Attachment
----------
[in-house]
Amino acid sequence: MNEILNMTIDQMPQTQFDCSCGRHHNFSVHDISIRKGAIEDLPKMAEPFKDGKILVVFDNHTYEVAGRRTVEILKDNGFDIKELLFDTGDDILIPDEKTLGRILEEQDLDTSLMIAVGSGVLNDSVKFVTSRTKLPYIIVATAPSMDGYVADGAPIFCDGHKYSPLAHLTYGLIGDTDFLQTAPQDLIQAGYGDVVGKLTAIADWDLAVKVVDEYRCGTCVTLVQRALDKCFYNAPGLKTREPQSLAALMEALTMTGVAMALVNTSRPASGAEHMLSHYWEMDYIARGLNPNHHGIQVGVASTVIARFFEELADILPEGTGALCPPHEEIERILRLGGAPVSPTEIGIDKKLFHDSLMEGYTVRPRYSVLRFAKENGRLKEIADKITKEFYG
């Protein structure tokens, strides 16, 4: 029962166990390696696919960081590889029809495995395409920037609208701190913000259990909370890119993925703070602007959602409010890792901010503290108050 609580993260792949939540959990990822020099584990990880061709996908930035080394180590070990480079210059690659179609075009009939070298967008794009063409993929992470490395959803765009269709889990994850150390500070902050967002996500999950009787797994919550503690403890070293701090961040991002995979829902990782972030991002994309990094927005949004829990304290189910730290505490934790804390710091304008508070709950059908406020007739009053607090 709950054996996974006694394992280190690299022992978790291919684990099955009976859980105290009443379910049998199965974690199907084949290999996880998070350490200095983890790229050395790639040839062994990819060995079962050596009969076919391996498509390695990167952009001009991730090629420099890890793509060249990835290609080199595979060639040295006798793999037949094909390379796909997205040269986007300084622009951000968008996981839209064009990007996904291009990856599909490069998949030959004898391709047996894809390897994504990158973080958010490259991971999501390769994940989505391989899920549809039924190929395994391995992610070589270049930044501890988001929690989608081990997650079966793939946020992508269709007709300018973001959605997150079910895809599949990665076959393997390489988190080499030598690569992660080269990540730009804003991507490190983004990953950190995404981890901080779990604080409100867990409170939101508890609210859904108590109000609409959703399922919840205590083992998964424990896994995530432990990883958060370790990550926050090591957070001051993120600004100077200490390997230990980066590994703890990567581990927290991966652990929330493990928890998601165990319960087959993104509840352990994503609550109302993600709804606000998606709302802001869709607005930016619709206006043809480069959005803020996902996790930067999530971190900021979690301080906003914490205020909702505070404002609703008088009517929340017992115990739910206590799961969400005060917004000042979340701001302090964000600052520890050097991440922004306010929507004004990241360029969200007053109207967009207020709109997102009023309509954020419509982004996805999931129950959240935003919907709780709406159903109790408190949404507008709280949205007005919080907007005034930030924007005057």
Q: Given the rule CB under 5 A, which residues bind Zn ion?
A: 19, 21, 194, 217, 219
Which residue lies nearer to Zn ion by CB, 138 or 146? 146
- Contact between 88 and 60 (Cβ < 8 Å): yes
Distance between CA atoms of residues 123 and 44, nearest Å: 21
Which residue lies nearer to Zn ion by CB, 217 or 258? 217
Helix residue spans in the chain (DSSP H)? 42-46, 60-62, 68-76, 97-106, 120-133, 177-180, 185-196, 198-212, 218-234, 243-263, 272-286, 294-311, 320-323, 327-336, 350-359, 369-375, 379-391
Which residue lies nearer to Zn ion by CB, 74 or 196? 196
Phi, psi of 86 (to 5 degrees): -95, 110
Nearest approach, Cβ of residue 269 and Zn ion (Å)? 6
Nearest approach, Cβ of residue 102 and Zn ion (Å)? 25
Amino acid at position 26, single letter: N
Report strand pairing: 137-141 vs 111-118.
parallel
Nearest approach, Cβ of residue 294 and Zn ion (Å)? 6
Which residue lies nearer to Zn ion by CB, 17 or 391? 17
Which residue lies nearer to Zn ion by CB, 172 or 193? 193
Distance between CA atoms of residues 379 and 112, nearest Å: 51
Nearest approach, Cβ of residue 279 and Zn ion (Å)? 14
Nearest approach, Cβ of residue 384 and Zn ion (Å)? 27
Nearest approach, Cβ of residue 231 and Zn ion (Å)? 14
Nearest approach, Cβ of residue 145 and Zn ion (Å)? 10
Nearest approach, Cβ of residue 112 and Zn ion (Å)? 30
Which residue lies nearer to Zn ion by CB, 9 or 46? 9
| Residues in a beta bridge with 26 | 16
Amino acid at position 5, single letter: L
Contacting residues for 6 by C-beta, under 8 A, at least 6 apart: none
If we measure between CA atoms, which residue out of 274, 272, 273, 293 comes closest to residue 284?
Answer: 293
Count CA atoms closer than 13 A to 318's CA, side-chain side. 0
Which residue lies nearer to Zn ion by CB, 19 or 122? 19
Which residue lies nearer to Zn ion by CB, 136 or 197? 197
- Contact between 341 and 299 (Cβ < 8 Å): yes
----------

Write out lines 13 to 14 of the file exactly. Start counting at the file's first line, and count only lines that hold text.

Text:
Nearest approach, Cβ of residue 269 and Zn ion (Å)? 6
Nearest approach, Cβ of residue 102 and Zn ion (Å)? 25